The Inhumanity And Humanity Of Medicine

Dying for palliative care

BMJ 1994; 309 doi: https://doi.org/10.1136/bmj.309.6970.1696 (Published 24 December 1994) Cite this as: BMJ 1994;309:1696
  1. Anonymous

    He died on 19 August 1994, aged 69, nearly five months after having acute myeloid leukaemia diagnosed. He had suffered from asthma since 1984. Jeffrey and I had shared our lives for over 30 years, and we knew that he had only a short time to live. I made a diary of events for two reasons: I found it therapeutic and I wanted to record my increasing concern at the apparent lack of interest in the quality of Jeffrey's life.

    The illness started in August 1993. Jeffrey slipped down a small trench. His right ankle became swollen and he began to feel ill and after about a week he was so weak he had difficulty in climbing the stairs. Our general practitioner arranged for Jeffrey to go to hospital, where he was found to have a cardiac effusion and to be anaemic. There was no diagnosis. He became worse and was readmitted; his haemoglobin concentration was 79 g/l, and he was given a blood transfusion. His doctor seemed obsessed with AIDS related diseases, but Jeffrey refused an AIDS test. He was given ferrous sulphate tablets and told that he probably had a viral infection. Jeffrey and I then left for South Africa, where we intended staying at our house until the end of April, but in March he became weak and anaemic. He had a blood test and was immediately diagnosed as having leukaemia. After receiving five units of blood he was well enough to fly to London.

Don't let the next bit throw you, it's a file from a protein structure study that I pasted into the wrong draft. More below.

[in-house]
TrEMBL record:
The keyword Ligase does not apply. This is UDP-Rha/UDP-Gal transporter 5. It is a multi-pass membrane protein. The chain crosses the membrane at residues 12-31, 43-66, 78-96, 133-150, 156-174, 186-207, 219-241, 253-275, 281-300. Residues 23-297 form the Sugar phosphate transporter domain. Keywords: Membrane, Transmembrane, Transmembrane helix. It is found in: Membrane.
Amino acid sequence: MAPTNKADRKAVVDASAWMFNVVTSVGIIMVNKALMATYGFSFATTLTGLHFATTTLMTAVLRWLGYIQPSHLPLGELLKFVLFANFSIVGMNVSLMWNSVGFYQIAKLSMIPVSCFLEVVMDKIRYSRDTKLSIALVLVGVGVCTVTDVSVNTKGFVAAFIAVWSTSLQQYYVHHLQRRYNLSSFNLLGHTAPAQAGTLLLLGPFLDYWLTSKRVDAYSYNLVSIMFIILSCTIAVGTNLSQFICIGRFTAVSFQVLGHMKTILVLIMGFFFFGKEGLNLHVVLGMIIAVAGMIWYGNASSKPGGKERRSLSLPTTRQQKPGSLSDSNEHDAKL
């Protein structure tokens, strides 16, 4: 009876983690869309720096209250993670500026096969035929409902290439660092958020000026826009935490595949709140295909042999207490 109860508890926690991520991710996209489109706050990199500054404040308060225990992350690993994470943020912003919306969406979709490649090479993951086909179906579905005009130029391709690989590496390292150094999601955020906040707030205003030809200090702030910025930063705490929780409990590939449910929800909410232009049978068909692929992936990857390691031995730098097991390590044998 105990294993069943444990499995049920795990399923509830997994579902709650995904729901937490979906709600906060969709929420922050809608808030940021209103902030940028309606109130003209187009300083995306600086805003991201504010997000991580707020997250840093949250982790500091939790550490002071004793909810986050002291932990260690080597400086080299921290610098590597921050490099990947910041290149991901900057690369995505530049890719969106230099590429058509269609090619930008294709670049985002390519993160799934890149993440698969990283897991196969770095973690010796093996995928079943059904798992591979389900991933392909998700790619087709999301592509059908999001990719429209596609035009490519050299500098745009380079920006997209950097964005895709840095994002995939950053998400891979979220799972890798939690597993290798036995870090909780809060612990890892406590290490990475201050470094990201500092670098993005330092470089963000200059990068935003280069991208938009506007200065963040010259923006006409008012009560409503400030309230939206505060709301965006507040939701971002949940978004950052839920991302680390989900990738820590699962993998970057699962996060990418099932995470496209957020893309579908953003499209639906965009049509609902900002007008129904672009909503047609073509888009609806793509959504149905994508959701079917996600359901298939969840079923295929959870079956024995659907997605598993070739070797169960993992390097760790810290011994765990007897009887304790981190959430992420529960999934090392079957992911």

Through a friend we arranged to see a consultant at another hospital, who referred us to the haematology department. We were told that the condition was serious but in 50% of cases people were cured. When it was discovered there were sideroblasts the success rate was reduced to 25%. It was not …

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